Written by a leading expert, this book examines equality issues in the City of London, arguing that social hiring practices in the City favour affluent applicants, and calls for a policy shift at the organisational and governmental levels.
Why does the City of London, despite an apparent commitment to recruitment and progression based on objective merit within its hiring practices, continue to reproduce the status quo?
Written by a leading expert on diversity and elite professions, this book examines issues of equality in the City, what its practitioners say in public, and what they think behind closed doors.
Drawing on research, interviews, practitioner literature and internal reports, it argues that hiring practices in the City are highly discriminating in favour of a narrow pool of affluent applicants, and future progress may only be achieved by the state taking a greater role in organisational life. It calls for a policy shift at both the organisational and governmental level to the implications of widening inequality in the UK.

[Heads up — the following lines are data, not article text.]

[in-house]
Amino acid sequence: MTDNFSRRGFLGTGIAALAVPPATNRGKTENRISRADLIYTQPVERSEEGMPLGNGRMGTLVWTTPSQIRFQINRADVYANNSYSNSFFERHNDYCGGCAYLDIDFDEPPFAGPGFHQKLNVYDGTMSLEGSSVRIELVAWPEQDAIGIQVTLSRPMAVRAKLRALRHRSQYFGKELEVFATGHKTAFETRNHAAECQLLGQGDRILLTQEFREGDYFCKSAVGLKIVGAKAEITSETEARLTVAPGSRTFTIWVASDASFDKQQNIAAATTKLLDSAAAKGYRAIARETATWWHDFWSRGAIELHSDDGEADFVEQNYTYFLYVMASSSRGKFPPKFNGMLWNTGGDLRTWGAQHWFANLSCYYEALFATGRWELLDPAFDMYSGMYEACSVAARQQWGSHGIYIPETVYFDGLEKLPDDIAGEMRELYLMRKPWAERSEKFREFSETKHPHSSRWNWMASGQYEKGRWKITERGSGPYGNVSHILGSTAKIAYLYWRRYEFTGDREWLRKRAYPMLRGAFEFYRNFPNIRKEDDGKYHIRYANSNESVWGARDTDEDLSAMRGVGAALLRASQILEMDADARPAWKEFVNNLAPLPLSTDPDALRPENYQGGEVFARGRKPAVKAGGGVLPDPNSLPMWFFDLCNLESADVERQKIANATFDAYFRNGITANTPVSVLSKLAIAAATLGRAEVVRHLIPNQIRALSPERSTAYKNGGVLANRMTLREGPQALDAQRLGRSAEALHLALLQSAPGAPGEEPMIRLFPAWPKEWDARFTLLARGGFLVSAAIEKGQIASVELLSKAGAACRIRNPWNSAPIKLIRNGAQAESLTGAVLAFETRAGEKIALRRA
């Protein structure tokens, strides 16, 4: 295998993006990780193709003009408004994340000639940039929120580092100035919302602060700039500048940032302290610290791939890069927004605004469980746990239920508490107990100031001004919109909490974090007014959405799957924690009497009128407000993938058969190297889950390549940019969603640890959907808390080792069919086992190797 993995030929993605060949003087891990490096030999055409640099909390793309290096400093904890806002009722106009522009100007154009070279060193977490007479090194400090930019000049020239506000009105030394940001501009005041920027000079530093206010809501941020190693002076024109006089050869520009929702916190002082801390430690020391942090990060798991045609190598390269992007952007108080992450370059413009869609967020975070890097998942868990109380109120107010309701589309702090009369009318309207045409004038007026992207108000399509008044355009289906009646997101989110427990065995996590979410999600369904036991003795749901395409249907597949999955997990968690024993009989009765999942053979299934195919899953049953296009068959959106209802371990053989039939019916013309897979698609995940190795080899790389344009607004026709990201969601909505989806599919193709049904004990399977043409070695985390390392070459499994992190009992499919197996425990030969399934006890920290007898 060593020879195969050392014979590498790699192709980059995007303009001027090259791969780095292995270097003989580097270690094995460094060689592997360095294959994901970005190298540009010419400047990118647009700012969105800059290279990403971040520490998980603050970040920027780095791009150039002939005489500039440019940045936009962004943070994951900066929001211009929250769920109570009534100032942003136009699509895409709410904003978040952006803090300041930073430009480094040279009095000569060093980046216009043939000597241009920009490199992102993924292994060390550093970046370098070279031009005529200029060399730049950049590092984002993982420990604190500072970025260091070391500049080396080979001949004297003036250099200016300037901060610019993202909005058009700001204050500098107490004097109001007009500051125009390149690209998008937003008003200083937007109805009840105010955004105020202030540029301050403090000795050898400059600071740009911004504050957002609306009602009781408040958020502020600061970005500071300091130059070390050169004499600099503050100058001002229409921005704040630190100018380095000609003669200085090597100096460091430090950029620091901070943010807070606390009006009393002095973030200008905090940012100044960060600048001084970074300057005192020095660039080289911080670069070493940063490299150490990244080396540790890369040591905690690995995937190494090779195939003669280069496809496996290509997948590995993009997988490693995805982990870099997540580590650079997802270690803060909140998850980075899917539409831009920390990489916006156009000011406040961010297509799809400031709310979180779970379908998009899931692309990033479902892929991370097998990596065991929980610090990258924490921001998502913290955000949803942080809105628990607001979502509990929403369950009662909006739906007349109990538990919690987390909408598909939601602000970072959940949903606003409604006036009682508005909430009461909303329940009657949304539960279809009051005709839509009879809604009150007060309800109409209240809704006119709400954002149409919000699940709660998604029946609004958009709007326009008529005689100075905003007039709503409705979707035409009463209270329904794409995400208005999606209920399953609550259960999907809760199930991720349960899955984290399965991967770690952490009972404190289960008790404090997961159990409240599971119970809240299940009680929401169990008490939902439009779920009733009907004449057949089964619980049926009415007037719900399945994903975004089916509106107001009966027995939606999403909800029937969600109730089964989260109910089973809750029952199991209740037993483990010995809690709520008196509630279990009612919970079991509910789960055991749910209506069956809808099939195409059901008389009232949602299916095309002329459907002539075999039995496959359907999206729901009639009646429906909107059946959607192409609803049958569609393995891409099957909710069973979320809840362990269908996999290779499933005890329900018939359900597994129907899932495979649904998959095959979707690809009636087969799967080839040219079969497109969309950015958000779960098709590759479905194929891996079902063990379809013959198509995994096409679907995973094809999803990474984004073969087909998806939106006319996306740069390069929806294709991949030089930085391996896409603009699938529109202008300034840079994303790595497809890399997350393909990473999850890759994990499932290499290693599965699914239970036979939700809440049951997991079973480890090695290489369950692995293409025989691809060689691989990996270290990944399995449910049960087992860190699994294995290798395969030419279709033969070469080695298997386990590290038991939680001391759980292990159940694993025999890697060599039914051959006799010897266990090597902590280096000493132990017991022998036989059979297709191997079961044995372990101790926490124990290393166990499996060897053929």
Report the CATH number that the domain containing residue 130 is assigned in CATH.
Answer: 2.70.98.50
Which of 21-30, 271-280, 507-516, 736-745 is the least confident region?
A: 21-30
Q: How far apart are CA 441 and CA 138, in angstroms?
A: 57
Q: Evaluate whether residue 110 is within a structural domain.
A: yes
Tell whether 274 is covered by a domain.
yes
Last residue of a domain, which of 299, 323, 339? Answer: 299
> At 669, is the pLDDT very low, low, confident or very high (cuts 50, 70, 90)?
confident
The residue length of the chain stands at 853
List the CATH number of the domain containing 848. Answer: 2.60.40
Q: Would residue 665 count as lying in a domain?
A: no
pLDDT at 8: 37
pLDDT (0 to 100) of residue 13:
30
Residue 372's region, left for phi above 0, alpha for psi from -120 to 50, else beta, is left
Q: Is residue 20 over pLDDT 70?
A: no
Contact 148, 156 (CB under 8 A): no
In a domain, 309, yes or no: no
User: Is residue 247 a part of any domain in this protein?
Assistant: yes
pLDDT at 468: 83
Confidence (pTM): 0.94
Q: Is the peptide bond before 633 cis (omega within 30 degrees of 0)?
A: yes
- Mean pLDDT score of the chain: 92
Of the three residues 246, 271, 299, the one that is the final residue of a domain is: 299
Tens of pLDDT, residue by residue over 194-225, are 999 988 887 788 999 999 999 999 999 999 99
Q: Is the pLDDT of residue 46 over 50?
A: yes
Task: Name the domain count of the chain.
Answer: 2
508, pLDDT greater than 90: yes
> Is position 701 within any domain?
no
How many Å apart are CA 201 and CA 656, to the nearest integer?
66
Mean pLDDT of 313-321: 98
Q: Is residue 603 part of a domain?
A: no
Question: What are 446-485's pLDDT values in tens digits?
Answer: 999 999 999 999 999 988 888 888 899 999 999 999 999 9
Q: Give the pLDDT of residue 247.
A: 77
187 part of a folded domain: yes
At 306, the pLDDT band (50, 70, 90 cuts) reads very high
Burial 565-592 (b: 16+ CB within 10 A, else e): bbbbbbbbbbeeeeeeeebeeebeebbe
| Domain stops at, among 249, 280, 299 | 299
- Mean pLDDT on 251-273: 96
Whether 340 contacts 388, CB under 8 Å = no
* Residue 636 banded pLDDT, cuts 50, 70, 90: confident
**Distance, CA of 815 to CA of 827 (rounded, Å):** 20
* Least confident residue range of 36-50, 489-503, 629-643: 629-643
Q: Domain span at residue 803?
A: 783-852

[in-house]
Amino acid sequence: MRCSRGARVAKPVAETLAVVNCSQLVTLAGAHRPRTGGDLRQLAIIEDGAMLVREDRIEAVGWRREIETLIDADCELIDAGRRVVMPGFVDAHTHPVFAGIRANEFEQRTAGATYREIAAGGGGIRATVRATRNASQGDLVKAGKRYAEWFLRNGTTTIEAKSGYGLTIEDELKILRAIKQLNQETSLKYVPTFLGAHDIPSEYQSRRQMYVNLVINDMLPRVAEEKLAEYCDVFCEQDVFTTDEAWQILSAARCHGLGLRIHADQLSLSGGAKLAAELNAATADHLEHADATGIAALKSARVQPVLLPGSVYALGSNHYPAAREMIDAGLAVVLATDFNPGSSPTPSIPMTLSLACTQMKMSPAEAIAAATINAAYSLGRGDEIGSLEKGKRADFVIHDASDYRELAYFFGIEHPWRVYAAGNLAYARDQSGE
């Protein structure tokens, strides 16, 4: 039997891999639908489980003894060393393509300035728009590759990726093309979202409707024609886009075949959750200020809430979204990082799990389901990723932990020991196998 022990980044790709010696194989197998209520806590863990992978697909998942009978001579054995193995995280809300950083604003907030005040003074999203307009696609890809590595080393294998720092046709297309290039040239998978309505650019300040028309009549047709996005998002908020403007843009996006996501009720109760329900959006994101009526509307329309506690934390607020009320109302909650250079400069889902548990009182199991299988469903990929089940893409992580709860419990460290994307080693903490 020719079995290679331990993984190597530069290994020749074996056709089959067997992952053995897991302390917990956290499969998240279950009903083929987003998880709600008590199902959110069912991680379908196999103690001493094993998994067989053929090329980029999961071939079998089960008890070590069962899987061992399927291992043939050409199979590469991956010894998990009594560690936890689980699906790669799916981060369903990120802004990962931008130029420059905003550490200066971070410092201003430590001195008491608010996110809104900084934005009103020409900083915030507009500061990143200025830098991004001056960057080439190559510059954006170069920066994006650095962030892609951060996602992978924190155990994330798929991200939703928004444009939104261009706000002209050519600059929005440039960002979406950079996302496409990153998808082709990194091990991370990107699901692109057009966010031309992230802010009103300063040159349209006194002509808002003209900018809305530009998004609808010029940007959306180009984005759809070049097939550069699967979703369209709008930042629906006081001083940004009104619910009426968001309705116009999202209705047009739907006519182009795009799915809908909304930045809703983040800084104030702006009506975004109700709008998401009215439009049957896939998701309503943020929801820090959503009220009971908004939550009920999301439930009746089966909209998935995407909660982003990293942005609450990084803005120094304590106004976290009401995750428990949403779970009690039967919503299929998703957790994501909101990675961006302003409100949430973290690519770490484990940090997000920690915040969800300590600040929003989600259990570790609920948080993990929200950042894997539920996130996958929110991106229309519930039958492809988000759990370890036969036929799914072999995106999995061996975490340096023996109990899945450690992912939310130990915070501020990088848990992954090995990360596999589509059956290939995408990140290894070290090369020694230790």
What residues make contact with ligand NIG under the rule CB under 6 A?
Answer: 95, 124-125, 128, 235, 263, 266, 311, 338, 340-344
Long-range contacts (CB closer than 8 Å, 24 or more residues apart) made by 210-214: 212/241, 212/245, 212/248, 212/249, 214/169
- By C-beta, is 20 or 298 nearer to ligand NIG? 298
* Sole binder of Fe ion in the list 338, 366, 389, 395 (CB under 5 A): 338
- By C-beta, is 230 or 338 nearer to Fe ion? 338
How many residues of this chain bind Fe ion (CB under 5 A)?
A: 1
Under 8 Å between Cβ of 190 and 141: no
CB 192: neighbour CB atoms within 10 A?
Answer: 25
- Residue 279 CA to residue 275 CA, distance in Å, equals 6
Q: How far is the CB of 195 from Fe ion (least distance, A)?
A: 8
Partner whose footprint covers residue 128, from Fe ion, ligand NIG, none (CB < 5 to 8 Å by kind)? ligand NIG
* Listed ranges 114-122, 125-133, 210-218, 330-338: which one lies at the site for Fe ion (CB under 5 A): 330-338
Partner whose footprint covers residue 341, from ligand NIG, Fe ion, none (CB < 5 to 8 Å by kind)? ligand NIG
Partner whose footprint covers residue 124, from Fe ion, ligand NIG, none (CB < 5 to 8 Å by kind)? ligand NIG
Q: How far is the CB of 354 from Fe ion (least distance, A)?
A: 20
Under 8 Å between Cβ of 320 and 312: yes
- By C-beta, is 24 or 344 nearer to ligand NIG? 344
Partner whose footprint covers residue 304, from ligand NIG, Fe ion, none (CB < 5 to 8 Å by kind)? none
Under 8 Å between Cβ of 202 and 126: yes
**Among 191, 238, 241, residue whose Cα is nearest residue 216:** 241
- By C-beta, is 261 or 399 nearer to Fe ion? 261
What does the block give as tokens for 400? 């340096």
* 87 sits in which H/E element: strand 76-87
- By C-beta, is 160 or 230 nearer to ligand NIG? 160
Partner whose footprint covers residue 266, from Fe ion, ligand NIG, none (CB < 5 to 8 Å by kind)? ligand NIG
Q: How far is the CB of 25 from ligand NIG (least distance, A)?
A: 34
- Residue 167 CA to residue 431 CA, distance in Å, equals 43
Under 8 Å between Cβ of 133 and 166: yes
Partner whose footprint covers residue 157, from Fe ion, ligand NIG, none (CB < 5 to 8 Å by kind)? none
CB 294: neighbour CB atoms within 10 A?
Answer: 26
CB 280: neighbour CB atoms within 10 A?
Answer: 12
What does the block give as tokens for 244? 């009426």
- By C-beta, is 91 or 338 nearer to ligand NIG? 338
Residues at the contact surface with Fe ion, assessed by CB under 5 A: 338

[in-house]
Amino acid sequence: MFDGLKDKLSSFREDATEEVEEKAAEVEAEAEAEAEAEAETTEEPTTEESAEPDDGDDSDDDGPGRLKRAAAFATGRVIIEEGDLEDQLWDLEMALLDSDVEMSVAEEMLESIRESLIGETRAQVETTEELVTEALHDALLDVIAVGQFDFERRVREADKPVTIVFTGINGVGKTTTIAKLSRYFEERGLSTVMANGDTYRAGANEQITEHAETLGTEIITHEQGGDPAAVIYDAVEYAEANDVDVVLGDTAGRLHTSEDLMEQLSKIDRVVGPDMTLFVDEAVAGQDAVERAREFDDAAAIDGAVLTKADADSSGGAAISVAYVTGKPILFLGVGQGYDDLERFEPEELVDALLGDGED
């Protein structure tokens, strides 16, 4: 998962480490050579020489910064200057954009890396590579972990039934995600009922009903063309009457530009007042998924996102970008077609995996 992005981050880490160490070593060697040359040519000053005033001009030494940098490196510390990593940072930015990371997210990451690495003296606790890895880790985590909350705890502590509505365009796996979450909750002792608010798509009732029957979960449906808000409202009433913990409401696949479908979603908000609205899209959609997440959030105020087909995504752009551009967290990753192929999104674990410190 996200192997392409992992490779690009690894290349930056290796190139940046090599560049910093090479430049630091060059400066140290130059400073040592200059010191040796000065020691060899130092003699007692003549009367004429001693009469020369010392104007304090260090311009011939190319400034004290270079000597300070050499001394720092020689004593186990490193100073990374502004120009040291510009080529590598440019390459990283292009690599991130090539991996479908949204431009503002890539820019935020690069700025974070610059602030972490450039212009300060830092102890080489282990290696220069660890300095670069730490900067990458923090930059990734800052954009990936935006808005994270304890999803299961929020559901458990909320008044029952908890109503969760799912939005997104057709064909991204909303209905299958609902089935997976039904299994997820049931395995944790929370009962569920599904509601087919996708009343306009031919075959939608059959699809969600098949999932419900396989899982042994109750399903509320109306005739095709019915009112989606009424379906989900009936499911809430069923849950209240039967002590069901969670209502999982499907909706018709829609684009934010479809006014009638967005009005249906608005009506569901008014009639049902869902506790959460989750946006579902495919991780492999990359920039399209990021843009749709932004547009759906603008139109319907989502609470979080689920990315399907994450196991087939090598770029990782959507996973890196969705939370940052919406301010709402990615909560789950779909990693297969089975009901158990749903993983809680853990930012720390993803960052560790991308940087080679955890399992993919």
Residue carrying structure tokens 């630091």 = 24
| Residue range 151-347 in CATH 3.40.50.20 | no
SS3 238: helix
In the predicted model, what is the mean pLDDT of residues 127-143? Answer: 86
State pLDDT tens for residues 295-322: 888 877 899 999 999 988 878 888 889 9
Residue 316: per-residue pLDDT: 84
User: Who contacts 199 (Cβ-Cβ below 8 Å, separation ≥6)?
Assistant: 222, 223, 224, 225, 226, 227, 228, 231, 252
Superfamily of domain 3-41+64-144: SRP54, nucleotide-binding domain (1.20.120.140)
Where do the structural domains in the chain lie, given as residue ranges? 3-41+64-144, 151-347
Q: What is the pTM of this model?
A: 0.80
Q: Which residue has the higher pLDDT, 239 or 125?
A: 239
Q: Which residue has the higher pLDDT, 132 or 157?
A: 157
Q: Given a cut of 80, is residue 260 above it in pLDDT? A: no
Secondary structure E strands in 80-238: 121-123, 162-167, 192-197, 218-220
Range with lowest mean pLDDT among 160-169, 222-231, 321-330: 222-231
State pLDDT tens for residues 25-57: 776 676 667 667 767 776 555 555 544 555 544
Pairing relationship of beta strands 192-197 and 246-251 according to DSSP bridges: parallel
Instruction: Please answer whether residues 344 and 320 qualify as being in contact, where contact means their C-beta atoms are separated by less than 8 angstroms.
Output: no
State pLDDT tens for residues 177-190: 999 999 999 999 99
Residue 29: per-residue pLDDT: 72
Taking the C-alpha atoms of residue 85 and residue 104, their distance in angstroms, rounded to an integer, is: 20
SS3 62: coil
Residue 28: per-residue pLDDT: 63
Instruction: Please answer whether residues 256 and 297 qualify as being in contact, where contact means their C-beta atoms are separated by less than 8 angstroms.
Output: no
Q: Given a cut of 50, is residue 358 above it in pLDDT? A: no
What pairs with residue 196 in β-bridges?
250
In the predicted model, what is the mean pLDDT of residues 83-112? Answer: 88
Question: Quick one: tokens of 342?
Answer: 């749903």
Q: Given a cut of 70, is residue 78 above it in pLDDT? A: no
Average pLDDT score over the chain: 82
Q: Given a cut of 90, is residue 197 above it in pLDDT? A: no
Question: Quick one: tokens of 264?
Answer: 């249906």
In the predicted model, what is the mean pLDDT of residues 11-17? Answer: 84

Louise Ashley is Senior Lecturer in Organization Studies at Royal Holloway. She has led major research reports for government bodies including the Social Mobility Commission and regularly presents her findings to practitioner audiences in the City and further afield. Her research has also been covered in national and international mainstream media including Radio 4’s Thinking Allowed, The New York Times, The Sydney Herald, The Financial Times and The Guardian.
Author/Editor details at time of book publication.